Our collective goal to reach net zero in just under 30 years is a mammoth task, and every business has a progressive part to play in reducing their carbon emissions if we’re to reach that goal. And whilst government is urging the millions of small businesses to lead the way on climate action, decarbonisation is easier said than done when many SMEs just don’t have the capital for a net zero transition.
Making things happen
As Jim Lovell, an American Astronaut who orbited the moon, once said: “There are people who make things happen, there are people who watch things happen, and there are people who wonder what happened. To be successful, you need to be a person who makes things happen.”
So, it’s welcome news to hear that a group of fintech companies is calling on the government to offer discounted green loans to SMEs to incentivise and make climate change a priority. Because if cost is the primary reason for lack of activity, something needs to happen to change that.
Why it matters
You’d think that smaller businesses with lower individual carbon footprints would represent fewer carbon emissions, wouldn’t you? But the government-owned British Business Bank (BBB) estimates that SMEs are responsible for nearly 50% of the UK’s greenhouse gas emissions. And it’s a sobering thought when you learn from the BBB’s research that only 11% have accessed external finance to support net zero actions, and just 3% of smaller businesses have measured their carbon footprint in the past five years and set an emissions reduction target. Furthermore, 22% (roughly 1.3m businesses) intend to fund net zero actions in the next five years, but if we’re to halve greenhouse gas emissions within the next decade – is that soon enough? Probably not.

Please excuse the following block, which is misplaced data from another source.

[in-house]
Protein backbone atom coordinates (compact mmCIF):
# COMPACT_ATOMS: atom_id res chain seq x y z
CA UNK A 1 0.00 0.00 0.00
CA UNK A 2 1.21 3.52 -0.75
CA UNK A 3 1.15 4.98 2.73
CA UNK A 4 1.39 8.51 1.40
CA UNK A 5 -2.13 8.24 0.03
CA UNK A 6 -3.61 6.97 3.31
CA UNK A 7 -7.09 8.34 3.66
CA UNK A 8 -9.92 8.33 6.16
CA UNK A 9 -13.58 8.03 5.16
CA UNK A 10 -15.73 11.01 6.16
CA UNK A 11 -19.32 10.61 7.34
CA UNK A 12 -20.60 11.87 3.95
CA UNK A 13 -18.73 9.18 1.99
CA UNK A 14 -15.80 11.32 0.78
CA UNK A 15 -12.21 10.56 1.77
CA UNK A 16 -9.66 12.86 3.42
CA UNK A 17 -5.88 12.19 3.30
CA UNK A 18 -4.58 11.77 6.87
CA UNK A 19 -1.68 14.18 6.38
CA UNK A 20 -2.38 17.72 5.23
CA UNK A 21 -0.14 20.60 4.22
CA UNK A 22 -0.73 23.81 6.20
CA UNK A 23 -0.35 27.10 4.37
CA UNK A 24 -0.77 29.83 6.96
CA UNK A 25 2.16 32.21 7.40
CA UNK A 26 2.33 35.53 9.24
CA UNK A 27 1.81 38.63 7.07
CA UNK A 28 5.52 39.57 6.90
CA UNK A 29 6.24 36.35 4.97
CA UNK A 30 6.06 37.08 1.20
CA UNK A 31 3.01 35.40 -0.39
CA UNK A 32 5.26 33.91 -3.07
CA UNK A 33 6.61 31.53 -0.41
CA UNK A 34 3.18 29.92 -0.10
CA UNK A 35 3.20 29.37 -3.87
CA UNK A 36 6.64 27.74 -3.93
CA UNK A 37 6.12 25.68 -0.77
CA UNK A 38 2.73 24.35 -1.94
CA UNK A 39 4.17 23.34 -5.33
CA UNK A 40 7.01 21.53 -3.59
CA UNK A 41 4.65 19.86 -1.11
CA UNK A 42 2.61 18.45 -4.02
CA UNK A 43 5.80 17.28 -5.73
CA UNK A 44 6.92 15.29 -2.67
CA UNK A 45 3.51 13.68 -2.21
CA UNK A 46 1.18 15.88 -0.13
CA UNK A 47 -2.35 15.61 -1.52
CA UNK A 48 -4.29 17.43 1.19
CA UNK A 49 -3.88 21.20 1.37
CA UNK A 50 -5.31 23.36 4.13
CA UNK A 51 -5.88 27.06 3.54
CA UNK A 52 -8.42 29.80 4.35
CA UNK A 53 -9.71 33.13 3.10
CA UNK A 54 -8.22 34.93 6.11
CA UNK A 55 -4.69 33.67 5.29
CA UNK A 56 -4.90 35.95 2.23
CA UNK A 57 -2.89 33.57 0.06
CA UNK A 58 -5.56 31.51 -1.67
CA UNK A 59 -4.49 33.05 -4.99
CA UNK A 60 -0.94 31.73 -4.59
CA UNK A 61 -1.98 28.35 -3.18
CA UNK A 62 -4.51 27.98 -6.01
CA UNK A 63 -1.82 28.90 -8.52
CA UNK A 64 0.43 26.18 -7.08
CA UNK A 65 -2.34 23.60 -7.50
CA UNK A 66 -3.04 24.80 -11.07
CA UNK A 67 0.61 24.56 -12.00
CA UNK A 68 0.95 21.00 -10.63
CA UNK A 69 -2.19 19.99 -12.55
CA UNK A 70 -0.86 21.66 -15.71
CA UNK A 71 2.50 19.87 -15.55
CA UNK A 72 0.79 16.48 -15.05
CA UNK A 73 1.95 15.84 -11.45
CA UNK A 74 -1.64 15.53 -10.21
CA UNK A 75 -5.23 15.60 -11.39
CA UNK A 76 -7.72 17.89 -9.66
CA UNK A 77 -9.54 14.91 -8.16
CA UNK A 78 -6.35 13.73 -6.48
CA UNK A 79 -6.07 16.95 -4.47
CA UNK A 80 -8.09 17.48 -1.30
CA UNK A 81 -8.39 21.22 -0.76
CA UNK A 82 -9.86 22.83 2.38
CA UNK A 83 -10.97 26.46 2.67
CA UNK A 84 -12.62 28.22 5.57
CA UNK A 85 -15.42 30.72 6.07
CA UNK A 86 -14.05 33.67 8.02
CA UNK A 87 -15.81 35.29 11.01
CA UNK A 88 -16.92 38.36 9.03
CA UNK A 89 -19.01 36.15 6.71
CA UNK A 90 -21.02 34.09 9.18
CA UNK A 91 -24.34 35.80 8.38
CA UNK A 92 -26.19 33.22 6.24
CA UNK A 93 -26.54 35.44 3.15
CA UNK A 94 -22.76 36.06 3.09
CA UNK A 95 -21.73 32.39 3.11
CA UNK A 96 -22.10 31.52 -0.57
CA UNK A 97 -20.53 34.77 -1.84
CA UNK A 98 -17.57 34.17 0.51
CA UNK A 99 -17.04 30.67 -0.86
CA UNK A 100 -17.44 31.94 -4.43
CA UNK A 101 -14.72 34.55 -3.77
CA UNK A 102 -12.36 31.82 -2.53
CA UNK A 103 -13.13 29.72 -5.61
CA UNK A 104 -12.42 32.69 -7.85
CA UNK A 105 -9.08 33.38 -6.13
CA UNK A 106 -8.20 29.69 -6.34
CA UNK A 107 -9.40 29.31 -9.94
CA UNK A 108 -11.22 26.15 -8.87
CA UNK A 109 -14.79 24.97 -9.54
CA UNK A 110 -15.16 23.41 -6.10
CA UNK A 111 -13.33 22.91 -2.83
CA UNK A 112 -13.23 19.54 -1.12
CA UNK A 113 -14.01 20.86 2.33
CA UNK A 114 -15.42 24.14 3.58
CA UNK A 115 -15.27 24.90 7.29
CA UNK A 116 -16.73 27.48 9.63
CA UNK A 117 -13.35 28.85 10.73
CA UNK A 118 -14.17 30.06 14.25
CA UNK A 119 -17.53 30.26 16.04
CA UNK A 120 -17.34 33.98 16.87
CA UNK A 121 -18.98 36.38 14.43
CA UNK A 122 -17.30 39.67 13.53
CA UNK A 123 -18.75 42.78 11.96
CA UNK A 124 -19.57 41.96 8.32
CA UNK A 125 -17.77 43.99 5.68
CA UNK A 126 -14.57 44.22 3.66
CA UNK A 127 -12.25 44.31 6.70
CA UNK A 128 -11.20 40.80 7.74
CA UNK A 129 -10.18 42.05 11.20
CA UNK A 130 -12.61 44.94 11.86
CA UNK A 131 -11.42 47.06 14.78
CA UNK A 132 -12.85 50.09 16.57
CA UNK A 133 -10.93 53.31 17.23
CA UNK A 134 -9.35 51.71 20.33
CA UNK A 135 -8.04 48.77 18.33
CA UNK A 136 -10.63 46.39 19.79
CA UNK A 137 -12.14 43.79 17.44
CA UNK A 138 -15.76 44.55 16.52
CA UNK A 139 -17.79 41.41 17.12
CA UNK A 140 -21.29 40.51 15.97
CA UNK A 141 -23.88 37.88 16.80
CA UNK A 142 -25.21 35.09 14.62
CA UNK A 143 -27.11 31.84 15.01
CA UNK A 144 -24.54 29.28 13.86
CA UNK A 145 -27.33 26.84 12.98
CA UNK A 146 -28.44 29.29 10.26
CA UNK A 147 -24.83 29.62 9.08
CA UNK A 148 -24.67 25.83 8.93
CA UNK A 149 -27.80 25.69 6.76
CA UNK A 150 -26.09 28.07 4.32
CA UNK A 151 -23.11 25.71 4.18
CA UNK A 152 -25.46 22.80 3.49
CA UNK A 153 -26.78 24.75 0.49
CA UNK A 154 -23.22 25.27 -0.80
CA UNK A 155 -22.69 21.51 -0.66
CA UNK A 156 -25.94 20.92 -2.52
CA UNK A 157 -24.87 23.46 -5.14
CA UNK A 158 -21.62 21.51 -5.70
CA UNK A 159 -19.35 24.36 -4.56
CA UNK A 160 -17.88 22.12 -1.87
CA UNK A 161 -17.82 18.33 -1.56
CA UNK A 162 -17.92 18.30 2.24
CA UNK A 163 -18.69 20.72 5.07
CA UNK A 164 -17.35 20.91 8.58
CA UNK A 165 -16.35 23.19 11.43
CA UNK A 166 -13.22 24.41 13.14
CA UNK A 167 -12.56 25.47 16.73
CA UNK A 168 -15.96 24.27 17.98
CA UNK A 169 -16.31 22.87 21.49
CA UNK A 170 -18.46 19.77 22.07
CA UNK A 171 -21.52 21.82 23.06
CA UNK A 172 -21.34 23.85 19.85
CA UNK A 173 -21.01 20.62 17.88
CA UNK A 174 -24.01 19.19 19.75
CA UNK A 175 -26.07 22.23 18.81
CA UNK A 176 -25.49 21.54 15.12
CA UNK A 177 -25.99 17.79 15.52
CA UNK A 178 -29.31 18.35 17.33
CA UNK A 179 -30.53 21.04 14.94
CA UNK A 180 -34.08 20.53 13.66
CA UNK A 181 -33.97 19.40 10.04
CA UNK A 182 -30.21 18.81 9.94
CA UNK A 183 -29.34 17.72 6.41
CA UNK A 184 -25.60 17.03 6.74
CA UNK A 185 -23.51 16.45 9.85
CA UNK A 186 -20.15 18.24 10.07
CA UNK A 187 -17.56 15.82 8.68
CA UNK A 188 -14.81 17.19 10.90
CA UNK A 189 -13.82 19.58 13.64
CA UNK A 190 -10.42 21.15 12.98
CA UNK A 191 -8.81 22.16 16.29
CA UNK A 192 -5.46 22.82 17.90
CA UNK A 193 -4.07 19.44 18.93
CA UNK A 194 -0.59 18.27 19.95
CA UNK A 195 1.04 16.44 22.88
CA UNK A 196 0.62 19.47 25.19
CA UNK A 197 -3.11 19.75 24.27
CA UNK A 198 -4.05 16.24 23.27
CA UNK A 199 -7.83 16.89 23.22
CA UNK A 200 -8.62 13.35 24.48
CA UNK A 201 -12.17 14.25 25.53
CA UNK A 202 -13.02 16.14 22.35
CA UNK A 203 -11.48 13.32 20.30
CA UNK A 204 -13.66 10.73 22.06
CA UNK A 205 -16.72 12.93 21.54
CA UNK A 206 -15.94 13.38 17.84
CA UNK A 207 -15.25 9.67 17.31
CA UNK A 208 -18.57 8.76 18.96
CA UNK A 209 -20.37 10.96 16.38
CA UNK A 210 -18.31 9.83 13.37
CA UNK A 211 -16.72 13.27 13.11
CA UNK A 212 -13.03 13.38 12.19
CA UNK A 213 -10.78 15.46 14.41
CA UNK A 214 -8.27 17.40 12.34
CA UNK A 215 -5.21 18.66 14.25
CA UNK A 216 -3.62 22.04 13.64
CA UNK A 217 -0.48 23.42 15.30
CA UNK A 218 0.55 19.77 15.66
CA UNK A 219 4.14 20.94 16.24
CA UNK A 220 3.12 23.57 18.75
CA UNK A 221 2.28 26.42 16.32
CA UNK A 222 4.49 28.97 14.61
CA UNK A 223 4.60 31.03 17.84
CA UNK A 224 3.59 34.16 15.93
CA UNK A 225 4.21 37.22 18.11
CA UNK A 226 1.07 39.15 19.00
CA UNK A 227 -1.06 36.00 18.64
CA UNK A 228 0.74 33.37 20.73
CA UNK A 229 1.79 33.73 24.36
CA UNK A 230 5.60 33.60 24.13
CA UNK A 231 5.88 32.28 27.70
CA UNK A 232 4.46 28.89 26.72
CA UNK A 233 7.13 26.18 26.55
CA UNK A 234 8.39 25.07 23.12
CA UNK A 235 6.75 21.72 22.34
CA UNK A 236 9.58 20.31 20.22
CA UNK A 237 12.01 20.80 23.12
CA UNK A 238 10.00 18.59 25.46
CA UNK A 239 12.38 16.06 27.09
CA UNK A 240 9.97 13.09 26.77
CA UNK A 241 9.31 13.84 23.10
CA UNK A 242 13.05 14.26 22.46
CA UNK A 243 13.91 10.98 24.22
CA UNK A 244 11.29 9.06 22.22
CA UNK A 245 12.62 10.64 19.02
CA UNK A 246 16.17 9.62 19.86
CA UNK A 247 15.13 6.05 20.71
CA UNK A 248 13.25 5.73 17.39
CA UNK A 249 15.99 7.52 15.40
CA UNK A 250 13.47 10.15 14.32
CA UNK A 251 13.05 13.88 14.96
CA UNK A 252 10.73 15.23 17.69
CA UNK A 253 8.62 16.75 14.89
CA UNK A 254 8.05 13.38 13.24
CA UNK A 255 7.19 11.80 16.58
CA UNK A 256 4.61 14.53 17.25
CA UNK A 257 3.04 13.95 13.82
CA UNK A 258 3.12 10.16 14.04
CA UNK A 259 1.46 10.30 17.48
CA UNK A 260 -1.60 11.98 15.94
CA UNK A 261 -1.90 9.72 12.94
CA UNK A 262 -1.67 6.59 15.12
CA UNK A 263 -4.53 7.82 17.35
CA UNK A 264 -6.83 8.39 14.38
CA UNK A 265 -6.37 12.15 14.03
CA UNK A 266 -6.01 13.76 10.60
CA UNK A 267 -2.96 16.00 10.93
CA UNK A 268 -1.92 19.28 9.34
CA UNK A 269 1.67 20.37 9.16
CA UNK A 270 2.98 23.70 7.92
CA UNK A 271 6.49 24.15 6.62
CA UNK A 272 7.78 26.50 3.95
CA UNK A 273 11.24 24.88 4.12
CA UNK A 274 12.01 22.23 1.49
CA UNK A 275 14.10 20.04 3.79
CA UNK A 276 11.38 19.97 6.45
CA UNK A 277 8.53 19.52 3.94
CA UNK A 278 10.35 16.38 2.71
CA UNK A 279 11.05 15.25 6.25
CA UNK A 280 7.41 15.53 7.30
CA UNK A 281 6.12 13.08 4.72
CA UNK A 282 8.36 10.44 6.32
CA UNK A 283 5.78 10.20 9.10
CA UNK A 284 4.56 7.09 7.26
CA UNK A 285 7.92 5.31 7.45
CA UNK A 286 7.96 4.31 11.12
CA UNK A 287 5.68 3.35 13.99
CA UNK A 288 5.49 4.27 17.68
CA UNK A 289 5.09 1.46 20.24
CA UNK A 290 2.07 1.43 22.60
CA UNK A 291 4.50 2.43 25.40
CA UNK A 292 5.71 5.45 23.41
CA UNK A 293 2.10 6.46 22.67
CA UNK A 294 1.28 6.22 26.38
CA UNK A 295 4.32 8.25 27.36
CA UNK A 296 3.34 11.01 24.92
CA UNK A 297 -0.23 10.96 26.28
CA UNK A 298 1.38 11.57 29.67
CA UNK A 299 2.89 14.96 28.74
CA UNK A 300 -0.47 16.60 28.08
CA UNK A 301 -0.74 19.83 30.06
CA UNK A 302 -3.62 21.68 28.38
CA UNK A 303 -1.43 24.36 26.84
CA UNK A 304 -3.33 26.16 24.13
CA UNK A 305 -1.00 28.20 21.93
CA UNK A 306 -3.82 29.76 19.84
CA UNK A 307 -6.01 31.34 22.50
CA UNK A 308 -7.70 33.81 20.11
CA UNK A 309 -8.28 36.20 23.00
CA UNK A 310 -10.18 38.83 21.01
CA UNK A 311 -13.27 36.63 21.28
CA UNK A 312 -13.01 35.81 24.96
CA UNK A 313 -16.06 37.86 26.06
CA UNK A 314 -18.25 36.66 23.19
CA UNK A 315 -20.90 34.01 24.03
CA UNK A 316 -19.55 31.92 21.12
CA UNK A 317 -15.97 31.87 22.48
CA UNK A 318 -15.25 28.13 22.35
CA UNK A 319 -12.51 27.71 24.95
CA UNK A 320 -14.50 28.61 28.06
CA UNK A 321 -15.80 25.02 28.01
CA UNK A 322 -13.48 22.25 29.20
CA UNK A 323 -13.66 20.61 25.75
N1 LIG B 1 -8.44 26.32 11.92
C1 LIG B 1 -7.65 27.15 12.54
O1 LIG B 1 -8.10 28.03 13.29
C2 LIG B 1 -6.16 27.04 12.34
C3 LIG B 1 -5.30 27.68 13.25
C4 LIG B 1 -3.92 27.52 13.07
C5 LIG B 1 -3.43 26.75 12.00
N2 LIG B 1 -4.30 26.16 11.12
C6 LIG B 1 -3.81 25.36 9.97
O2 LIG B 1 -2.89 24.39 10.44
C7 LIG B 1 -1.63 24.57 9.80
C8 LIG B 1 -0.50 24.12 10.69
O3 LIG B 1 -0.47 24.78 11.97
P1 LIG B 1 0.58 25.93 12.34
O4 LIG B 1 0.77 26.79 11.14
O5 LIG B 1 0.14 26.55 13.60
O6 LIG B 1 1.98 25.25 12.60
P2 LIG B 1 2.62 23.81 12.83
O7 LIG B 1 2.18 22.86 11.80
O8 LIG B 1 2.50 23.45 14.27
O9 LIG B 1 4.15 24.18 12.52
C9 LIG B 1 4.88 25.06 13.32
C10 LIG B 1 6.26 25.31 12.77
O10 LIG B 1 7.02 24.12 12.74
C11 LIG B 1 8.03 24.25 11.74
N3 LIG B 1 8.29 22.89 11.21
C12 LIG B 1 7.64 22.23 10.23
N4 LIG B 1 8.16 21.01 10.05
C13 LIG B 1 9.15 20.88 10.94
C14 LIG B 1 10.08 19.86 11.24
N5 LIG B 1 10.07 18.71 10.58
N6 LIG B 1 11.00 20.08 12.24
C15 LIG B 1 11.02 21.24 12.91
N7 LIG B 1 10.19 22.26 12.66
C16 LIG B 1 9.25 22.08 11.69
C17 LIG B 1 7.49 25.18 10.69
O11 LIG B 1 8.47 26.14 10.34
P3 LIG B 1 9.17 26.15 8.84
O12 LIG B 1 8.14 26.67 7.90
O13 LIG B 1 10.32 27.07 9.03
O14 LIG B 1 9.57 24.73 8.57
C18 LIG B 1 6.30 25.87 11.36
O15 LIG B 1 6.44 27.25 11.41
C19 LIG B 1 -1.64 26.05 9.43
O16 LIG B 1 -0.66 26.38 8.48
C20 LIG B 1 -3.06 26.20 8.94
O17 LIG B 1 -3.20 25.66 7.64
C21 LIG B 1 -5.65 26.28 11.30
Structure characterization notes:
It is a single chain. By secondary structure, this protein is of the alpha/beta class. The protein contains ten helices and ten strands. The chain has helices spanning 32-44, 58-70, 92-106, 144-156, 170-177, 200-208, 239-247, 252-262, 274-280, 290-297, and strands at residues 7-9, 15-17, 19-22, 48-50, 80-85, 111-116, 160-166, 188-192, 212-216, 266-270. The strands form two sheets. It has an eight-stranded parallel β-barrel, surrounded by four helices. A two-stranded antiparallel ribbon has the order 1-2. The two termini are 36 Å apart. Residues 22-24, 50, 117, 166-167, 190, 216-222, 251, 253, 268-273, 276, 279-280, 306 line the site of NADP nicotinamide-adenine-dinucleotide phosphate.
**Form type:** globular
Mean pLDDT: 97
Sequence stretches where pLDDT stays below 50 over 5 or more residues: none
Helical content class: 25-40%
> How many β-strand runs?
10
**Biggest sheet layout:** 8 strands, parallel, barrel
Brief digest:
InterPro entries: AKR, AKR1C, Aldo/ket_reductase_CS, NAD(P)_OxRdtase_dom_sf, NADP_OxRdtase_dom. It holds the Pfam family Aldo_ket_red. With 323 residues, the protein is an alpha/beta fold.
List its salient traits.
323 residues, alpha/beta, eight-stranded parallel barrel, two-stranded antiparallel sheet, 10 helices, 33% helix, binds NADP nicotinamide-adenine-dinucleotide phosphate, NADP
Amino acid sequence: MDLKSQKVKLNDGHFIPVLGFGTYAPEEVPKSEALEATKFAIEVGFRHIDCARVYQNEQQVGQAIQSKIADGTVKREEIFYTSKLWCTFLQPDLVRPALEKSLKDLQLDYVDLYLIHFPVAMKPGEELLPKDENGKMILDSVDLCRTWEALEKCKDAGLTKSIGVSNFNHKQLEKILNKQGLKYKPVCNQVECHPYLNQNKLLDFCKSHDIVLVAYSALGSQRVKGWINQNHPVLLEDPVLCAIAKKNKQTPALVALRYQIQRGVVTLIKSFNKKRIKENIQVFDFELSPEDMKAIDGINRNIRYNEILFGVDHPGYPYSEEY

Finance was in the spotlight at COP26, encouraging green investment and increasing public and private funds for sustainable projects. And we’re seeing this play out with green digital banking platforms that only offer green and sustainable investments to savers.
We’ve seen shifts in the importance of ethical building choices in construction projects, driven by buyer demand – providing opportunities for fast-paced peer-to-peer (P2P) lenders who can offer SME housebuilders the funding to develop greener, sustainable homes. Traditional lenders are yet to catch up.
“I’m not surprised that it’s the alternative lenders leading the way and tapping into the eco-home investment market,” says Chris Notley, MD at Chamberlain. “By using technology and efficient lending capabilities, they are seizing opportunities to drive growth.”
The future is green
With all eyes on climate change, going green is inevitable. And with government support, perhaps we can get there sooner than 2050. In Jim Lovell’s words: to be successful, we need to make things happen. Together we can make tremendous progress – and going green is good for business too!
As specialists in commercial banking covering a wide range of disciplines throughout the UK, it makes us the obvious choice for growing banks and small lenders. Over half of our placements are property finance related – it’s an area we excel in. Clients include start-ups and small and medium-sized lenders, including challenger banks and specialist property finance houses.
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